Sunday, June 22, 2014
Summer in the High Country
The Wind has been fierce - it kept me inside after work, and on the weekends. First Day of Summer and the Wind has died down - so really need this time to get out on the bike and ride, Gentle Readers of This Blog. Last time I think I rode was June 6th, in Bozeman!
A few weeks ago, a fire started at a camp ground up here on the Reservation. Somebody was careless, and then the wind really got to blowing! A fire was out of control right away. Here it is the day it started on a Friday afternoon.
By Saturday you can see that it has grown - actually split into three separate large fires.
Several days later, it's still going. Pretty much just burned itself out. Many people have summer camps in the area, and people's cattle and horses out grazing. Fire Fighters for the Navajo Nation helped round up fleeting stock. I also heard that many camps were lost, and some spiritual areas were destroyed. Medicine People say that the fire was telling the Dine to pay attention - the think about things and be respectful - and mindful - about life and the spirit side. Being careless, thoughtless, and unfeeling can result in destruction.
I wasn't sure how ready I was or how far I wanted to ride - but once I got on the bike, I started feeling happy! I just keep riding and spinning - the wind was gone - and I was flying down the road.
Even Benally Hill didn't seem so tough. This is right at 7200 feet, according to my Garmin, so it is the highest spot around. As always, hills for me are tough. But living in the high altitude has conditioned me - and I'm glad.
I've just turned around to take a shot for you of where I've come from.
I make good time down the road and I just kept going past the first Pullout, and then the second, which was Antelope Pullout. I found in all my stuff, my little Messenger Mirror from my Tucson Days. I was glad I had it, as I could see behind me - and see that there was little or no traffic. At one point, I saw headlights on a few miles back in my mirror. When I turned to look, I could see about about 50 or more motor cycle riders now about a mile behind me.
As I rode on, I began to hear the roar of the machines, and soon they were passing by, two-by-two for what seemed forever! I waved and all waved and beeped their horns as well. I was on the long long stretch or straight road as they passed. I could hear them all in chorus as they pulled into the Antelope Pullout and wound down the scenic lookout into Canyon de Chelly.
I rode on and the sound faded. I began the fast descent into Chile, Gentler Reader, and soon was coming to the last few miles of steep and curvy road that led to Visitor Center. I was glad no traffic was behind me -glad I had my little mirror - as I was able to speed down and then zip right into the parking lot! The 25 miles I rode down, I averaged 15.4 mph - which I thought was awesome!
While at the Visitor Center refilling my bottles and eating a Cliff Bar real quick - several Italians arrived by car and began asking me all kinds of questions about Route 66. They saw my Oklahoma Jersey, and the Route 66 shield and told me they had stayed in Tulsa as part of their trip. They had started in Chicago and were driving 23 days ending down to San Francisco - actually Hwy 66 ended in Santa Monica, but no matter - they were happy and took my photo as I took theirs too. And as always they wanted to know where I had ridden my bike from, as the area is a bit remote. After all that good cheer and well-wishes for safe travel, I started the big, long climb out of the Park and back to The College.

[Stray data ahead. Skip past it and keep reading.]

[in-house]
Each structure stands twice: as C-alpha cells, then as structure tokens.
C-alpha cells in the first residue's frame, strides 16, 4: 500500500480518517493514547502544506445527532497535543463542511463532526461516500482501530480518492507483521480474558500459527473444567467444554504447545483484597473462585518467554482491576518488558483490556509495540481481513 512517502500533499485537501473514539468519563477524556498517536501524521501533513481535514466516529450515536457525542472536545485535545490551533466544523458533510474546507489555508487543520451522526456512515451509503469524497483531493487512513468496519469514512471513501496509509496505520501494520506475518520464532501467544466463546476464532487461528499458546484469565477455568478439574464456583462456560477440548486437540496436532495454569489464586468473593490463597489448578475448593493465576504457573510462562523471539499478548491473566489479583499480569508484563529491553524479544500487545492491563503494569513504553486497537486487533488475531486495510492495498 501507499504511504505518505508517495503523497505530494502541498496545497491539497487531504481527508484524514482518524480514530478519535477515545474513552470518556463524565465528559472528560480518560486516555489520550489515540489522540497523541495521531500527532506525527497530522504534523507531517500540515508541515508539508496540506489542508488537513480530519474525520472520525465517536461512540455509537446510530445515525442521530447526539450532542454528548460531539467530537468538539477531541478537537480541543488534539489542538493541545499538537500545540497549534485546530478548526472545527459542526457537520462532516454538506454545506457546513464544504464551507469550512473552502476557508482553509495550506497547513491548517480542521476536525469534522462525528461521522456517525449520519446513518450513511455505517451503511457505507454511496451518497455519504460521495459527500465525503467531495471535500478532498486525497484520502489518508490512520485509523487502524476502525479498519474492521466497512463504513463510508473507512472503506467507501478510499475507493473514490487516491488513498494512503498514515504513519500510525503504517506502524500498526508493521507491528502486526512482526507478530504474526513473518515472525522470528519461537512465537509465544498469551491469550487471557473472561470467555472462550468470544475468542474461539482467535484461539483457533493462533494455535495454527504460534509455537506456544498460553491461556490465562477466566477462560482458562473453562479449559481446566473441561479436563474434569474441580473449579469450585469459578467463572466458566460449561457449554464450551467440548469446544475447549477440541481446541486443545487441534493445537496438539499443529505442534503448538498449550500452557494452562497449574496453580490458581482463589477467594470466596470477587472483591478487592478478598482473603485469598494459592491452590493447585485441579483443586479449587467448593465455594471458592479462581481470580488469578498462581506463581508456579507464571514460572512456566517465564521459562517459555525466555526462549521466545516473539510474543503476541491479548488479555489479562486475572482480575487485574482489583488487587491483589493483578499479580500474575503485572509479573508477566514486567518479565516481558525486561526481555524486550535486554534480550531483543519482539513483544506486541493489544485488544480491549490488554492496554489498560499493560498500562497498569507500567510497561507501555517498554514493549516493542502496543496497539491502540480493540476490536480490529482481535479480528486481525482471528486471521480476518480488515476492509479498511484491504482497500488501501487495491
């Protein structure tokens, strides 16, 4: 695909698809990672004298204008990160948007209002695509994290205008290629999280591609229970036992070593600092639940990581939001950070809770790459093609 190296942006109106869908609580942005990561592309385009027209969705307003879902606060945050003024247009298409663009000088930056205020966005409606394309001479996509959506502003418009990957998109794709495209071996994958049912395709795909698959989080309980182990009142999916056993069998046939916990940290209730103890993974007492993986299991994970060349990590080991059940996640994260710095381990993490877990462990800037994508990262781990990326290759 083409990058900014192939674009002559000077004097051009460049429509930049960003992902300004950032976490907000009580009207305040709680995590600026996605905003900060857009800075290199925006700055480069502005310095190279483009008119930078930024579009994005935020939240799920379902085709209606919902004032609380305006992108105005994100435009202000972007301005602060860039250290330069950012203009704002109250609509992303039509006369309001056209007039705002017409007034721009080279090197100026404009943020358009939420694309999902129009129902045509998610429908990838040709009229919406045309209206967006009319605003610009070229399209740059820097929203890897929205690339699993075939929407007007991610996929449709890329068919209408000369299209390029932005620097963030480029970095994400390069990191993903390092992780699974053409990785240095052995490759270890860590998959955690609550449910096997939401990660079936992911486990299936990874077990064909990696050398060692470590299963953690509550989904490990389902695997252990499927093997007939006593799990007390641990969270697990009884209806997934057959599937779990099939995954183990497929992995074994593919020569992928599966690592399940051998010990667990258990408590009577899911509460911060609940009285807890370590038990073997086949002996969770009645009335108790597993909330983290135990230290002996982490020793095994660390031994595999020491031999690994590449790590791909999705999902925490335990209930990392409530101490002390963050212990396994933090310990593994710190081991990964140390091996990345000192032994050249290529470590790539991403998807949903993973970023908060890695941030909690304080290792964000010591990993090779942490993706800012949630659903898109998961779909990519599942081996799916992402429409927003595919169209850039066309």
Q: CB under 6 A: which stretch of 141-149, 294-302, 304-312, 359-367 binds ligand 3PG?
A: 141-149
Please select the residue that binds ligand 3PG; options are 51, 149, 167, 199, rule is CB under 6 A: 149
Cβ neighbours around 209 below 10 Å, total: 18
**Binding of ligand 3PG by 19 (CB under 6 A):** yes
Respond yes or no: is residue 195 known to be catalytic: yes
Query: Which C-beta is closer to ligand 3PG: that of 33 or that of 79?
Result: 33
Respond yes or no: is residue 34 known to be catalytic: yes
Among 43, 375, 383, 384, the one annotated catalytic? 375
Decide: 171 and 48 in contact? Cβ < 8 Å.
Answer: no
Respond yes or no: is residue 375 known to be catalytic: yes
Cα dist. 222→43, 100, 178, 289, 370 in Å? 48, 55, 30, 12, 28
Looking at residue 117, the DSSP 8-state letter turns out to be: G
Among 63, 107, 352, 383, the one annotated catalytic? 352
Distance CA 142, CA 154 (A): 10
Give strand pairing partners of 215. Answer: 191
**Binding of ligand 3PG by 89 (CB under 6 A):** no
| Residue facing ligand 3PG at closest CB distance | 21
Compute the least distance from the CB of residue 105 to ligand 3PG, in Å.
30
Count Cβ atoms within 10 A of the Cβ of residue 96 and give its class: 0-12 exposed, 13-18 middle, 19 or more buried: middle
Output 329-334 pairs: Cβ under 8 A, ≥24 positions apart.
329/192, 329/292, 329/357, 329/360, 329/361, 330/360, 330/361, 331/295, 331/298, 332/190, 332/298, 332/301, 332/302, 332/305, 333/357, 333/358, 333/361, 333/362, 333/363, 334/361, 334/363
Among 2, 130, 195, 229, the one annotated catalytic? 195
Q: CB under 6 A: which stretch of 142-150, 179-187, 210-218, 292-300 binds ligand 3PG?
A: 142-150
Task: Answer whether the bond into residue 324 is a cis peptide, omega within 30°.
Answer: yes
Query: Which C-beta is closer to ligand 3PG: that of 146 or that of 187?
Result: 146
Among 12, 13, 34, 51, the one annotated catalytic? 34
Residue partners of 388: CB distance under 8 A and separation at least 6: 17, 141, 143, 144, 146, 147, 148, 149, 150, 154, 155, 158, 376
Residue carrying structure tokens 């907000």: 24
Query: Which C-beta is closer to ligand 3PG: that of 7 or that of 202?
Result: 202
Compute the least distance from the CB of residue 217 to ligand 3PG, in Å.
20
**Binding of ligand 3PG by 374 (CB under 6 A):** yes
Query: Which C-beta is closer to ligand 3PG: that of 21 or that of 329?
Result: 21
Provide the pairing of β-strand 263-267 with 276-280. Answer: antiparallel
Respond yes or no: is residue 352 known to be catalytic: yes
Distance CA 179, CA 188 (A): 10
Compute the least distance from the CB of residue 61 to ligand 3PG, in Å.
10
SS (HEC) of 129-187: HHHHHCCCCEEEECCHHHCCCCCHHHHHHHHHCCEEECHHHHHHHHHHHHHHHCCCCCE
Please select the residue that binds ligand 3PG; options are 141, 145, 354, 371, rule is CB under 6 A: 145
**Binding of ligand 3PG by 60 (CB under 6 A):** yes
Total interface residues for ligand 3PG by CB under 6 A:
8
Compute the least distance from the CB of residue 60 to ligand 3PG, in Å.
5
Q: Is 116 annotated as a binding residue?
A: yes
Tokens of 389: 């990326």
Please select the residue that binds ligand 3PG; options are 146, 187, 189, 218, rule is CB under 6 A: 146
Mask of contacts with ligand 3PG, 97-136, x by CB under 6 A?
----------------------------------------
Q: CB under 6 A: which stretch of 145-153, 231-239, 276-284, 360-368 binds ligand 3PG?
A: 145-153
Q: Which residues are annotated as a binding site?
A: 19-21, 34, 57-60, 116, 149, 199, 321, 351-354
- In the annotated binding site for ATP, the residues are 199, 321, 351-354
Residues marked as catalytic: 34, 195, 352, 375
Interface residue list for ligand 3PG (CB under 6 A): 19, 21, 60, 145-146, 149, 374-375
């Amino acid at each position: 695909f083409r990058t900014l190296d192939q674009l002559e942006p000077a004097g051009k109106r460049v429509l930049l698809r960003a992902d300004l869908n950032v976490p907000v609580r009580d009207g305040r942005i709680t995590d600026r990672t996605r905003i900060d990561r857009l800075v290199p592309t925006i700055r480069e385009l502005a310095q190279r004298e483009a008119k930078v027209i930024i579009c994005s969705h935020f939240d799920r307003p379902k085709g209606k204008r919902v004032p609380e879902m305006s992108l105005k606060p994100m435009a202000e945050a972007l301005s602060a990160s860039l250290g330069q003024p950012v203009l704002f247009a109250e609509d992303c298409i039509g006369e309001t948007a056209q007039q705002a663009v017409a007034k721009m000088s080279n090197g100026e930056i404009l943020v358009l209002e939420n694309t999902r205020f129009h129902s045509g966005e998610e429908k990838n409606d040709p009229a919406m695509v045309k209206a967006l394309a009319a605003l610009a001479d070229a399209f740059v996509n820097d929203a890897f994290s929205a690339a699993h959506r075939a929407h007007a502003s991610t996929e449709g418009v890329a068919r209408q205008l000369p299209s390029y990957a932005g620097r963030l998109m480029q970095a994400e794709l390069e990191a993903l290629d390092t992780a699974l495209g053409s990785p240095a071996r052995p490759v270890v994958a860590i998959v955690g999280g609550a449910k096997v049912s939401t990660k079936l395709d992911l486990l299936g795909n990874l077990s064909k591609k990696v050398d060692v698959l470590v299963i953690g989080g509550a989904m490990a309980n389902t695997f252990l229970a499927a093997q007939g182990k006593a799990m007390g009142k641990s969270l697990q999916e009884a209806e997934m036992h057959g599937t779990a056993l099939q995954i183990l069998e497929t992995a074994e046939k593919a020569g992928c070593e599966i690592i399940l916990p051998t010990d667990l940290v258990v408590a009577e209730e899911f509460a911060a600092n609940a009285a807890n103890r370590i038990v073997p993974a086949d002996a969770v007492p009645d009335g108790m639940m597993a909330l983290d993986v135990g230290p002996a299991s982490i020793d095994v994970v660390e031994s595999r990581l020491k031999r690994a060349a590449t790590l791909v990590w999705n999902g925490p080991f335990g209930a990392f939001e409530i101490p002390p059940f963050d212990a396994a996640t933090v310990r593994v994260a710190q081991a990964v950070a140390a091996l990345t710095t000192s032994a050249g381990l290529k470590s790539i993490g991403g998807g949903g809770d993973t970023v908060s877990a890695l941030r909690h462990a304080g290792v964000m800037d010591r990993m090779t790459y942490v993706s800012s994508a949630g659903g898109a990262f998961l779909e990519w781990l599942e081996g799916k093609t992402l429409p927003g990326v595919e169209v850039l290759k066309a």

I had only gone a few miles, climbed out of the hardest part, when I heard a ping, or zing. Not sure what was going on - but started to notice I could not shift into my bigger gears on my three-ring. I was in my small ring (granny gear) because you need it to climb out of the canyon back up - and then saw the break. Yikes!
Well, I tied to pull the cable to try to get the gear to change. I tried to pull the chain onto the middle ring, but only got my fingers greasy. I was in a climbing gear and that's where it was locked, so I just went with it and climbed back home - but a bit slow.
I just let the tailwind I had do most of the work. When I was able to pedal with the one gear I had, I did okay - and really what was the rush? I was lucky that I was in a small gear and not stuck trying to mash a big gear home for 25 miles.
Finally after all the big long climbs, I got to this sign here - which meant about 6 or so miles of flat road, with a few small climbs, until one last climb up Benally Hill - then four miles of fast descent to home. The tailwind aided me so I just went along for the ride.
From here, I get the full power of the tailwind. This is my favorite part because with the wind at your back, you don't get the roar of the wind in your ears as you're flying down from the mountains. It can be a surreal experience for a few miles, Gentle Reader.
With a climbing gear all I had, I was able to get back up Benally Hill with out much effort - it was just a slow and steady pace. Then, I simply coasted down and really picked up some speed. I reached 35 mph quickly!
I called out to the ponies by the road. They sure don't like the bike! They can't hear me coming or if they do, they're just not sure what to make of it - but they always seemed annoyed and bolt off into the trees. I keep seeing this pair (one is just behind the tree) so I think they're starting to recognize the sound or whatever. A few times I've come right on them, and other ponies, and I didn't see them and they didn't see me - they sure are quick to run and bolt out on the road and to some place to hide. Kind of fun, but don't want to cause an accident!
Thanks for stopping by the Blog!